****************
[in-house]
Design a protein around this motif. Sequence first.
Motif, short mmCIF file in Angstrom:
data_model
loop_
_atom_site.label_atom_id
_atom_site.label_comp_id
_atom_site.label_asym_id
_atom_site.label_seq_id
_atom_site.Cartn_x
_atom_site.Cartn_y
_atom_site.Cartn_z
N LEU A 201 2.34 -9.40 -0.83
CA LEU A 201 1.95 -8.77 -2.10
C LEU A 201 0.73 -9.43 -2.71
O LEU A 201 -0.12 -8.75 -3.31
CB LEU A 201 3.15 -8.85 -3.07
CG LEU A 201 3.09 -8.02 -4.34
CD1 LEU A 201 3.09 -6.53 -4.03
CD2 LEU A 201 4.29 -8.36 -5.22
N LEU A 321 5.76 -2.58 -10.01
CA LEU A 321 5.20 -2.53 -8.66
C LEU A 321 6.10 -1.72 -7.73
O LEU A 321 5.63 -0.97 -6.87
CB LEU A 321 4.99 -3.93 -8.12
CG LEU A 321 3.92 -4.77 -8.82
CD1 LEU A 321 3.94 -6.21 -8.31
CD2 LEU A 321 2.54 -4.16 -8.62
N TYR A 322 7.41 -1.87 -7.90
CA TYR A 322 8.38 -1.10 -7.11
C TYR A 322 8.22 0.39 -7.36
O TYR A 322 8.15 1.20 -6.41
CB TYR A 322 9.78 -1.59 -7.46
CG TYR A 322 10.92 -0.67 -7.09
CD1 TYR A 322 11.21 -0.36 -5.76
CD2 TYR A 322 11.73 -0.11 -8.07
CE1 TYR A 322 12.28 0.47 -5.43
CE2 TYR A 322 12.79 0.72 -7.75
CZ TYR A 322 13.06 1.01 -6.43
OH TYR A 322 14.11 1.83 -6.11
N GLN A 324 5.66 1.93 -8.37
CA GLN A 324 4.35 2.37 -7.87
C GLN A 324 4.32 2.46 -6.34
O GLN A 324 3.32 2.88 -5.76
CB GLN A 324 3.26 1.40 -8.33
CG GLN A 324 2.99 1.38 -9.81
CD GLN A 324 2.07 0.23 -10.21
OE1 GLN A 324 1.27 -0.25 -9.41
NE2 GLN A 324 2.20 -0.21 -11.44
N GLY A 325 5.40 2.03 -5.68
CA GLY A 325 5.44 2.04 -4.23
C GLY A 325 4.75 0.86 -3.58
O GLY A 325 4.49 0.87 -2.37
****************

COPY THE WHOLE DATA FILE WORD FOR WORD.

[in-house]
Design a protein around this motif. Sequence first.
Motif, short mmCIF file in Angstrom:
data_model
loop_
_atom_site.label_atom_id
_atom_site.label_comp_id
_atom_site.label_asym_id
_atom_site.label_seq_id
_atom_site.Cartn_x
_atom_site.Cartn_y
_atom_site.Cartn_z
N LEU A 201 2.34 -9.40 -0.83
CA LEU A 201 1.95 -8.77 -2.10
C LEU A 201 0.73 -9.43 -2.71
O LEU A 201 -0.12 -8.75 -3.31
CB LEU A 201 3.15 -8.85 -3.07
CG LEU A 201 3.09 -8.02 -4.34
CD1 LEU A 201 3.09 -6.53 -4.03
CD2 LEU A 201 4.29 -8.36 -5.22
N LEU A 321 5.76 -2.58 -10.01
CA LEU A 321 5.20 -2.53 -8.66
C LEU A 321 6.10 -1.72 -7.73
O LEU A 321 5.63 -0.97 -6.87
CB LEU A 321 4.99 -3.93 -8.12
CG LEU A 321 3.92 -4.77 -8.82
CD1 LEU A 321 3.94 -6.21 -8.31
CD2 LEU A 321 2.54 -4.16 -8.62
N TYR A 322 7.41 -1.87 -7.90
CA TYR A 322 8.38 -1.10 -7.11
C TYR A 322 8.22 0.39 -7.36
O TYR A 322 8.15 1.20 -6.41
CB TYR A 322 9.78 -1.59 -7.46
CG TYR A 322 10.92 -0.67 -7.09
CD1 TYR A 322 11.21 -0.36 -5.76
CD2 TYR A 322 11.73 -0.11 -8.07
CE1 TYR A 322 12.28 0.47 -5.43
CE2 TYR A 322 12.79 0.72 -7.75
CZ TYR A 322 13.06 1.01 -6.43
OH TYR A 322 14.11 1.83 -6.11
N GLN A 324 5.66 1.93 -8.37
CA GLN A 324 4.35 2.37 -7.87
C GLN A 324 4.32 2.46 -6.34
O GLN A 324 3.32 2.88 -5.76
CB GLN A 324 3.26 1.40 -8.33
CG GLN A 324 2.99 1.38 -9.81
CD GLN A 324 2.07 0.23 -10.21
OE1 GLN A 324 1.27 -0.25 -9.41
NE2 GLN A 324 2.20 -0.21 -11.44
N GLY A 325 5.40 2.03 -5.68
CA GLY A 325 5.44 2.04 -4.23
C GLY A 325 4.75 0.86 -3.58
O GLY A 325 4.49 0.87 -2.37